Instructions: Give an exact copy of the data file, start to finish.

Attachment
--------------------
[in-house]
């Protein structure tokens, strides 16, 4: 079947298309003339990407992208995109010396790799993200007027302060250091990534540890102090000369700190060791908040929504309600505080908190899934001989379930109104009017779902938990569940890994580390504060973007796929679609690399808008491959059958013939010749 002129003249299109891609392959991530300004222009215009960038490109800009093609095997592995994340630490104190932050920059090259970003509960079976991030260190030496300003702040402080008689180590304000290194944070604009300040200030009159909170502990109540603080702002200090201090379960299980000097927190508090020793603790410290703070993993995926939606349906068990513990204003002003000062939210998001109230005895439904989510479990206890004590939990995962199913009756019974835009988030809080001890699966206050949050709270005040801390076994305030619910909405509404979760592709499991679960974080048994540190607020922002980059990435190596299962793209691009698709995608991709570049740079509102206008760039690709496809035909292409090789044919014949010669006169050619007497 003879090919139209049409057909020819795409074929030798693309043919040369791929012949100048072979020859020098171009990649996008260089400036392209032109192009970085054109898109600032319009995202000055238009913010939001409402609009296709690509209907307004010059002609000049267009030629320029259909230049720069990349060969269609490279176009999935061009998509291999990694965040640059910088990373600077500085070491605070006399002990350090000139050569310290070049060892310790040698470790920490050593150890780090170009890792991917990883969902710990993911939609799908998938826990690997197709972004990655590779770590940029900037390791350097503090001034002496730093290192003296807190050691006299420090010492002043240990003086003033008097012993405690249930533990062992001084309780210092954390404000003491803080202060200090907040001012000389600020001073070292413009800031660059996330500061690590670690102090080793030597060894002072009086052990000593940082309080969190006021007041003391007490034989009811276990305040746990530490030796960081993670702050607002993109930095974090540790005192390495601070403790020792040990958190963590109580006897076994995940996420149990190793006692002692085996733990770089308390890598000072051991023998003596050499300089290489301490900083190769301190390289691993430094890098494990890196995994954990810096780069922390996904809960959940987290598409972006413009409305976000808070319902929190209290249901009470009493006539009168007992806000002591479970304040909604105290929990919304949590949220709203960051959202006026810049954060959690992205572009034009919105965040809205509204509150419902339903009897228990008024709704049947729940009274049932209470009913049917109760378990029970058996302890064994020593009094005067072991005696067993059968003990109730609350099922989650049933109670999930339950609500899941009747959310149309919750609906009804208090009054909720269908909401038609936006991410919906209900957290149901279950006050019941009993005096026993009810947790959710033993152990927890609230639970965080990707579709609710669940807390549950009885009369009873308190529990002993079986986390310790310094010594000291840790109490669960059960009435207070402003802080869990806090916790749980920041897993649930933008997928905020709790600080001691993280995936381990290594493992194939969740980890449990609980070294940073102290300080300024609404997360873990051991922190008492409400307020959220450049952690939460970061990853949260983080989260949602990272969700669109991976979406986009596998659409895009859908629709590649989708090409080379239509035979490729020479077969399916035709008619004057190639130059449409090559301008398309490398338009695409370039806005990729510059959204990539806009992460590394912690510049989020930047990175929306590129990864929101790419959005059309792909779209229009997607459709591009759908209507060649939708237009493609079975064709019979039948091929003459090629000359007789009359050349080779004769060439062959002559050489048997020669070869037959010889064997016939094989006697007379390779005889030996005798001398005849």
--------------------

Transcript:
[in-house]
């Protein structure tokens, strides 16, 4: 079947298309003339990407992208995109010396790799993200007027302060250091990534540890102090000369700190060791908040929504309600505080908190899934001989379930109104009017779902938990569940890994580390504060973007796929679609690399808008491959059958013939010749 002129003249299109891609392959991530300004222009215009960038490109800009093609095997592995994340630490104190932050920059090259970003509960079976991030260190030496300003702040402080008689180590304000290194944070604009300040200030009159909170502990109540603080702002200090201090379960299980000097927190508090020793603790410290703070993993995926939606349906068990513990204003002003000062939210998001109230005895439904989510479990206890004590939990995962199913009756019974835009988030809080001890699966206050949050709270005040801390076994305030619910909405509404979760592709499991679960974080048994540190607020922002980059990435190596299962793209691009698709995608991709570049740079509102206008760039690709496809035909292409090789044919014949010669006169050619007497 003879090919139209049409057909020819795409074929030798693309043919040369791929012949100048072979020859020098171009990649996008260089400036392209032109192009970085054109898109600032319009995202000055238009913010939001409402609009296709690509209907307004010059002609000049267009030629320029259909230049720069990349060969269609490279176009999935061009998509291999990694965040640059910088990373600077500085070491605070006399002990350090000139050569310290070049060892310790040698470790920490050593150890780090170009890792991917990883969902710990993911939609799908998938826990690997197709972004990655590779770590940029900037390791350097503090001034002496730093290192003296807190050691006299420090010492002043240990003086003033008097012993405690249930533990062992001084309780210092954390404000003491803080202060200090907040001012000389600020001073070292413009800031660059996330500061690590670690102090080793030597060894002072009086052990000593940082309080969190006021007041003391007490034989009811276990305040746990530490030796960081993670702050607002993109930095974090540790005192390495601070403790020792040990958190963590109580006897076994995940996420149990190793006692002692085996733990770089308390890598000072051991023998003596050499300089290489301490900083190769301190390289691993430094890098494990890196995994954990810096780069922390996904809960959940987290598409972006413009409305976000808070319902929190209290249901009470009493006539009168007992806000002591479970304040909604105290929990919304949590949220709203960051959202006026810049954060959690992205572009034009919105965040809205509204509150419902339903009897228990008024709704049947729940009274049932209470009913049917109760378990029970058996302890064994020593009094005067072991005696067993059968003990109730609350099922989650049933109670999930339950609500899941009747959310149309919750609906009804208090009054909720269908909401038609936006991410919906209900957290149901279950006050019941009993005096026993009810947790959710033993152990927890609230639970965080990707579709609710669940807390549950009885009369009873308190529990002993079986986390310790310094010594000291840790109490669960059960009435207070402003802080869990806090916790749980920041897993649930933008997928905020709790600080001691993280995936381990290594493992194939969740980890449990609980070294940073102290300080300024609404997360873990051991922190008492409400307020959220450049952690939460970061990853949260983080989260949602990272969700669109991976979406986009596998659409895009859908629709590649989708090409080379239509035979490729020479077969399916035709008619004057190639130059449409090559301008398309490398338009695409370039806005990729510059959204990539806009992460590394912690510049989020930047990175929306590129990864929101790419959005059309792909779209229009997607459709591009759908209507060649939708237009493609079975064709019979039948091929003459090629000359007789009359050349080779004769060439062959002559050489048997020669070869037959010889064997016939094989006697007379390779005889030996005798001398005849």